Did you get better this year?
One classic book on success is Napoleon Hill’s Think and Grow Rich. This best seller was written based on primary research conducted by the author to determine how and why some individuals gain significant wealth while others do not.
The original copyright is 1937. The research was conducted during a time not dissimilar to present day, a time of economic uncertainty.
It is a book worth reading, and re-reading; perhaps every couple of years.
One of the major principles highlighted is that successful individuals perform planning regularly in an organized fashion. Under this heading, Hill suggests that owners conduct what he calls an ‘annual self analysis.’ The objective of the exercise is to discover if a person is going ahead, standing still or going backward in life.
Given that the end of the calendar year is approaching this may be the right time for this sort of review.
Quiet reflection is sometimes painful but often yields great insight and results. Here are fifteen questions from Think and Grow Rich that an owner would benefit from devoting some time this month to consider.
1. If I had been the purchaser of my own company’s goods and services this year, would I have been satisfied with what I received?
2. Have the purchasers of my company’s goods and services been satisfied with the purchases, and if not, why not?
3. In what ways has my company rendered more service and better service than what the customer has paid for?
4. Has my company delivered service to customers in the best possible quality which it was capable or could we improve any part of the service?
5. Has my company delivered the service to customers in the greatest possible quantity which we were capable?
6. Have I personally attained the goal for which I established as my own objective for the year?
This question is based on Hill’s research that suggests a person who desires success should have a definitive yearly objective to be attained as part of a major life objective.
7. Have I been persistent in following my plans through to completion?
8. Have I reached decisions promptly and definitely on all occasions?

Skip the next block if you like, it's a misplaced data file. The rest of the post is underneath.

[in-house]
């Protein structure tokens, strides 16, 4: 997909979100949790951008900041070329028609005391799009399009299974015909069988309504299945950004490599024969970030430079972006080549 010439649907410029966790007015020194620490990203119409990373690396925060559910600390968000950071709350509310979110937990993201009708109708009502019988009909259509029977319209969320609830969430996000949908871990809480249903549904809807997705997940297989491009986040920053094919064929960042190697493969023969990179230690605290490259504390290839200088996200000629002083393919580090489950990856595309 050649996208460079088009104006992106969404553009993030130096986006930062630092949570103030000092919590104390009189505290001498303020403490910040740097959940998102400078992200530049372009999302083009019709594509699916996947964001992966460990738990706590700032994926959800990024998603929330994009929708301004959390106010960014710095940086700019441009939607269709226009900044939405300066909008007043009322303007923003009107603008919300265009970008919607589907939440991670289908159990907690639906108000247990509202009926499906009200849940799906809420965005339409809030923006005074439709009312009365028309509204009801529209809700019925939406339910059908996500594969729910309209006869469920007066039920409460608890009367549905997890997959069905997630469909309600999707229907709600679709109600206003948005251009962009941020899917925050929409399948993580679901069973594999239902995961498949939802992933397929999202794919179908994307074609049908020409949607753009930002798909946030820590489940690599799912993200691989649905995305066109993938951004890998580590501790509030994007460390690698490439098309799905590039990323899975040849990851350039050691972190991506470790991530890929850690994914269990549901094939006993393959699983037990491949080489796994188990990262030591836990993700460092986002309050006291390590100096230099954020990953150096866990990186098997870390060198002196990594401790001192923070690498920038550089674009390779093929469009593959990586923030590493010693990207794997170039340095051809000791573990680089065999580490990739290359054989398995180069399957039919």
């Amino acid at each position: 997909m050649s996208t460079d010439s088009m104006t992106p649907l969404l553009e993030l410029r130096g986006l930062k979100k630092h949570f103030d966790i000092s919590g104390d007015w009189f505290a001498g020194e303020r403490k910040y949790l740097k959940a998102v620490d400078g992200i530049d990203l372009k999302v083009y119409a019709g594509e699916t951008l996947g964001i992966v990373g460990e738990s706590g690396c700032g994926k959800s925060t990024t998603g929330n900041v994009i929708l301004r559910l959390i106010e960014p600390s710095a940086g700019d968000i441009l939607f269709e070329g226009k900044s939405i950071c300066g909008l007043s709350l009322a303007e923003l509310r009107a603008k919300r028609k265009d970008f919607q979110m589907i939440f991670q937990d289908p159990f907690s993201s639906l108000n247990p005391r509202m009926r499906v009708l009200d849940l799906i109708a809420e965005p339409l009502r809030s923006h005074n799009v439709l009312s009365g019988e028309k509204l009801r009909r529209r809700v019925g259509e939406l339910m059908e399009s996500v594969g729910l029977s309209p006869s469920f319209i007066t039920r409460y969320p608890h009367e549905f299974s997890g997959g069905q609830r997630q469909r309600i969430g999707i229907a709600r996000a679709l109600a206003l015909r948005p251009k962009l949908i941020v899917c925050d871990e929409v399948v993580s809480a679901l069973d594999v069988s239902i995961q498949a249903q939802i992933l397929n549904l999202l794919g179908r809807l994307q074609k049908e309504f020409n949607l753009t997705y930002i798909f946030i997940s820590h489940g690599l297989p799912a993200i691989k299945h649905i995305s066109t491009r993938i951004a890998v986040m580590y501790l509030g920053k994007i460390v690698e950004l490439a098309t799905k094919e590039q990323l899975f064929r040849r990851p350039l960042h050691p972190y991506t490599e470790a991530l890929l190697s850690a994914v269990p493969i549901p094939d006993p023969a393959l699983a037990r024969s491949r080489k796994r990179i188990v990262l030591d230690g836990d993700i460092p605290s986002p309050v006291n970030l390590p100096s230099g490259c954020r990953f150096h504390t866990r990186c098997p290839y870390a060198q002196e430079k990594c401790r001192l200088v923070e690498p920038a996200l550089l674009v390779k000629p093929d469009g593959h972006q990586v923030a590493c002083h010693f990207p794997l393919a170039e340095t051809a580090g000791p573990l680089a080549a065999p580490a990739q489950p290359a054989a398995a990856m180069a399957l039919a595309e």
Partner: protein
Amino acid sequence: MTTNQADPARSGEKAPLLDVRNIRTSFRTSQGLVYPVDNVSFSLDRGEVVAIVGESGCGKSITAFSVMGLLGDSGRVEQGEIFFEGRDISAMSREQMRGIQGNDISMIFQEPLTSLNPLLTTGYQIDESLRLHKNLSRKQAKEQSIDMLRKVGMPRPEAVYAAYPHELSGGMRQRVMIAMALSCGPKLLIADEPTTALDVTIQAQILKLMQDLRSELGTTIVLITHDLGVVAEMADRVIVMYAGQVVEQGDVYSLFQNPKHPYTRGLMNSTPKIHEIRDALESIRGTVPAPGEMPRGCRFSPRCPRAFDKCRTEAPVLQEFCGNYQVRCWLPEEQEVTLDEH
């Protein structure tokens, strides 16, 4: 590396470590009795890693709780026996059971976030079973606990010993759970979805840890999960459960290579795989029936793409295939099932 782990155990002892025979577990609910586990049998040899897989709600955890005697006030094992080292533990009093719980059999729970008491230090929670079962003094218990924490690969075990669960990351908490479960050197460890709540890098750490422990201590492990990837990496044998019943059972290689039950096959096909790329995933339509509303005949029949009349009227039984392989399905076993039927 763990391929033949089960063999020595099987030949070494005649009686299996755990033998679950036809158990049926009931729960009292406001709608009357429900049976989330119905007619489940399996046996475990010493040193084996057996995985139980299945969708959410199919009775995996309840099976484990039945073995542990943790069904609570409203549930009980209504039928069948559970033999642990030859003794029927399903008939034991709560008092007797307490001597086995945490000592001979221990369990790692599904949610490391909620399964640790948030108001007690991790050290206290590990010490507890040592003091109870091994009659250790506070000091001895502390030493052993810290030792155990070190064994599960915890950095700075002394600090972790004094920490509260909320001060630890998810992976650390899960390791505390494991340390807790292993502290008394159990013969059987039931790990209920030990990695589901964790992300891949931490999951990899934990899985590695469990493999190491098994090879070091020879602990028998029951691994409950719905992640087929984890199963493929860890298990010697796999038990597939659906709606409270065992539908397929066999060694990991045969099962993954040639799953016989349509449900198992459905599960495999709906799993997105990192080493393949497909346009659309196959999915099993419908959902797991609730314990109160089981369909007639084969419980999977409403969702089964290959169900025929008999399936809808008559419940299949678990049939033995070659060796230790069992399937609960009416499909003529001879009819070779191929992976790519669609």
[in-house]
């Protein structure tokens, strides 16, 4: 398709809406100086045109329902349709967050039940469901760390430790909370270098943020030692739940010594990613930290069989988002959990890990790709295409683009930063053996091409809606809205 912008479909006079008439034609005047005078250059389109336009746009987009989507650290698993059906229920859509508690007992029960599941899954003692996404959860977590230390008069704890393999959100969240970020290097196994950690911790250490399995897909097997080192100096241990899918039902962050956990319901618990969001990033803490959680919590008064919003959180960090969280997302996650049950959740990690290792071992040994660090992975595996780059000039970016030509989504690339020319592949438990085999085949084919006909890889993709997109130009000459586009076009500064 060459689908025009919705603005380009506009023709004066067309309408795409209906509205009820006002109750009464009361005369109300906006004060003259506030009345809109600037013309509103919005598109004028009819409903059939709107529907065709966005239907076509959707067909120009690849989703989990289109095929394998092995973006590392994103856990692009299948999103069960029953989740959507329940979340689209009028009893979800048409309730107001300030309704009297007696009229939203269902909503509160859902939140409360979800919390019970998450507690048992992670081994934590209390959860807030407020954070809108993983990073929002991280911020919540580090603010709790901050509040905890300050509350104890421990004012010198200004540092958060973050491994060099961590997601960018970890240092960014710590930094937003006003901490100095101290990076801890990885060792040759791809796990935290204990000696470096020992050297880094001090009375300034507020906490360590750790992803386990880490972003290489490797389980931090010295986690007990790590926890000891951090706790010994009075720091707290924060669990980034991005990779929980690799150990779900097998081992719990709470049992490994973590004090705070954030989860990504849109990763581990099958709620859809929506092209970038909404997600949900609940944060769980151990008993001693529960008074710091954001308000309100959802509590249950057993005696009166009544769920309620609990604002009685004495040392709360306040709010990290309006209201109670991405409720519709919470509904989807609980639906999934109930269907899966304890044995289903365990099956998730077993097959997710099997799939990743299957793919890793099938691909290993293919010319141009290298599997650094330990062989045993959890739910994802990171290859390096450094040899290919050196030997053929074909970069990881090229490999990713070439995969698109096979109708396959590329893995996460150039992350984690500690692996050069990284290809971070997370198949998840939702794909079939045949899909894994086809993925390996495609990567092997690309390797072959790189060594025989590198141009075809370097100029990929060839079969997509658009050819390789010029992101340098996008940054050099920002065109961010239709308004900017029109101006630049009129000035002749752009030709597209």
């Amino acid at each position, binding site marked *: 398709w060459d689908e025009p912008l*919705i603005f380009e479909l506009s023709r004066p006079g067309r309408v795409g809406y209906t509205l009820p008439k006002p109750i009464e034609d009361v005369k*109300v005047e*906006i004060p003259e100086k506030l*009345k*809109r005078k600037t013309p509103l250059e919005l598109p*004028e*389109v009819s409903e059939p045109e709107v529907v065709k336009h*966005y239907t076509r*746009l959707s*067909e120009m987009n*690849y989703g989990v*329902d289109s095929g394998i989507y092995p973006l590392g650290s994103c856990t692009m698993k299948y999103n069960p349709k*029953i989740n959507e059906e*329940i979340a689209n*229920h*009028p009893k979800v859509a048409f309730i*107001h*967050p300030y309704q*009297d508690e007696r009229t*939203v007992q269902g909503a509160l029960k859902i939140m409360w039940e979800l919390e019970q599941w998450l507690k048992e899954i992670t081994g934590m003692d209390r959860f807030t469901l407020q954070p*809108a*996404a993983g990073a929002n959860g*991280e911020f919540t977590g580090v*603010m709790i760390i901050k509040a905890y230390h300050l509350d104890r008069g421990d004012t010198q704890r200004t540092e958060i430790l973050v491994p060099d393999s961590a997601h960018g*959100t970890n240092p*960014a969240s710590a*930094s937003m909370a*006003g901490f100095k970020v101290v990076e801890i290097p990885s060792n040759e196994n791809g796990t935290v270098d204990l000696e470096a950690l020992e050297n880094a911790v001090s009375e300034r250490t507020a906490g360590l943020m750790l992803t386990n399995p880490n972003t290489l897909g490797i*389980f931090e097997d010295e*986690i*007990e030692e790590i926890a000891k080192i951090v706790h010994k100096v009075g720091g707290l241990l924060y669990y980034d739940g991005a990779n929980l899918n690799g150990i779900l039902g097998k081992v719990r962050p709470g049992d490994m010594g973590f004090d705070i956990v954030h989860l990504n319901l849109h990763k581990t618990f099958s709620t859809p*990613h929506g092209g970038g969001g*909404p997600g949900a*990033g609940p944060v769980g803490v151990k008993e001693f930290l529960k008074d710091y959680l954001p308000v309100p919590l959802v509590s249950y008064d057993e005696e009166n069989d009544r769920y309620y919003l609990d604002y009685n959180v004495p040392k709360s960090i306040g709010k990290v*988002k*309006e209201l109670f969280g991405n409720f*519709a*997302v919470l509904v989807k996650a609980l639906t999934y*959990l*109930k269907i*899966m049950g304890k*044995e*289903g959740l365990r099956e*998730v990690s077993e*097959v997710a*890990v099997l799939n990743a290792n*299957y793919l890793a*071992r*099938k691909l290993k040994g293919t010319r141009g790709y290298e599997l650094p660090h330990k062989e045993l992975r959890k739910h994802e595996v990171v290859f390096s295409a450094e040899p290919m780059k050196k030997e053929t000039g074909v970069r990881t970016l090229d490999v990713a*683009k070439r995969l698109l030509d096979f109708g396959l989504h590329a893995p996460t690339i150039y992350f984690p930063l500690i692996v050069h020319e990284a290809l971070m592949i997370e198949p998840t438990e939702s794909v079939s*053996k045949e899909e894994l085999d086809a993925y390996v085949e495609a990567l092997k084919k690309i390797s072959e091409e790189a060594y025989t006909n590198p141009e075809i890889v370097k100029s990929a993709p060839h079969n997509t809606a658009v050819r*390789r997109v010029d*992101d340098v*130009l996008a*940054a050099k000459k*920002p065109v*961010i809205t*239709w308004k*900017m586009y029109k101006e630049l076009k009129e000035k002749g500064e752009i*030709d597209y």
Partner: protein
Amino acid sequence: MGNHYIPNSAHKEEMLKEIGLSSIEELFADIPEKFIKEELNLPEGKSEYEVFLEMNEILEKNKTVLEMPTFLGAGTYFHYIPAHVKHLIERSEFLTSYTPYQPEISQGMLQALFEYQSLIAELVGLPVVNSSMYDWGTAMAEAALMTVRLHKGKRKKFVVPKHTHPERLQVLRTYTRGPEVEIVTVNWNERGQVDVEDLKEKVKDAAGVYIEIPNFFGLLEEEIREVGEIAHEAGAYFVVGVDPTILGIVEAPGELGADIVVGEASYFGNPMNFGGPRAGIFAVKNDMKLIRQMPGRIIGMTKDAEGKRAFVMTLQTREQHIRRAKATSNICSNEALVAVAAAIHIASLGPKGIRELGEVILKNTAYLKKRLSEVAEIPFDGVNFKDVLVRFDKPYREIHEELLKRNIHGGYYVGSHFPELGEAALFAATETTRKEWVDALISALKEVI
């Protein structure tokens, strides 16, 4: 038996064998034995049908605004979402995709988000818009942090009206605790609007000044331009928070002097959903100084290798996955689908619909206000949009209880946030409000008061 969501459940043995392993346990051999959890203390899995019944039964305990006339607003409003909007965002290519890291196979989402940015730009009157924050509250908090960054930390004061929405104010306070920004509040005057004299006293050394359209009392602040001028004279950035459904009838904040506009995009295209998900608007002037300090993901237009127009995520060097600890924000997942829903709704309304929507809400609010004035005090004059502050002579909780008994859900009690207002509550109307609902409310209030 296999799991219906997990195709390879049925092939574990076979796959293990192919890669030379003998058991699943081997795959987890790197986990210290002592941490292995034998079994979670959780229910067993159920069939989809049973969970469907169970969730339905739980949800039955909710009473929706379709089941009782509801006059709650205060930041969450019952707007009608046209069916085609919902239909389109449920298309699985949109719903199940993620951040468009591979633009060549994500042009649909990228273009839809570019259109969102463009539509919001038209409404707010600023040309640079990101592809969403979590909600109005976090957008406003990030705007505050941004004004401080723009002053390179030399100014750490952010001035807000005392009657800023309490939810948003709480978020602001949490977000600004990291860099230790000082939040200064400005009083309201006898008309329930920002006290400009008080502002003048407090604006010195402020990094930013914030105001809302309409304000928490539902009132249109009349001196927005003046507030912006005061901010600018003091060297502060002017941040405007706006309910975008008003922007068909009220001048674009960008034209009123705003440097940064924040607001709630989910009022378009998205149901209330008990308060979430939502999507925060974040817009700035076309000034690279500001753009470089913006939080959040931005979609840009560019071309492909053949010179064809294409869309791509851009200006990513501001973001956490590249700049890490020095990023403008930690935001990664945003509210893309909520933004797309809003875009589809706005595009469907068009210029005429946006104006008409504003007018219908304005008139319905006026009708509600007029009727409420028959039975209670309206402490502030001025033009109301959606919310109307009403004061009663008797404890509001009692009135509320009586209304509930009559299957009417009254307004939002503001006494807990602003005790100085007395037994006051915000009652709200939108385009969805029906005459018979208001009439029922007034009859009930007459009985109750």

9. Have my opinions and decisions been based upon guesswork or accuracy of analysis and thought?
10. Have I permitted the habit of procrastination to decrease my efficiency, and if so, in what ways?
11. How much time have I devoted to unprofitable effort which I might have used to better advantage?
12. How may I re-budget my time and change my habits so I will be more efficient during the coming year?
13. Has the spirit of my conduct been harmonious and cooperative at all times?
14. Has my conduct toward my associates been such that it has induced them to respect me?
15. Have I been open-minded and tolerant in connection with all subjects?
Hill suggests that this analysis be performed in December of each year so that any changes can be stated in the form of New Year’s resolutions.
The easiest way to tackle these questions is to address five at a time over a period of three days. Even the busiest owner can carve out some time to think through these questions.
To insure accuracy, Hill recommends that the answers be reviewed with someone who won’t allow the owner any wiggle room when answering.
The principles of success haven’t changed much in the decades since Think and Grow Rich was published.
Answering fifteen questions every December could very well make a significant difference in more than just the business and the owner; it could impact employees, clients and business partners too.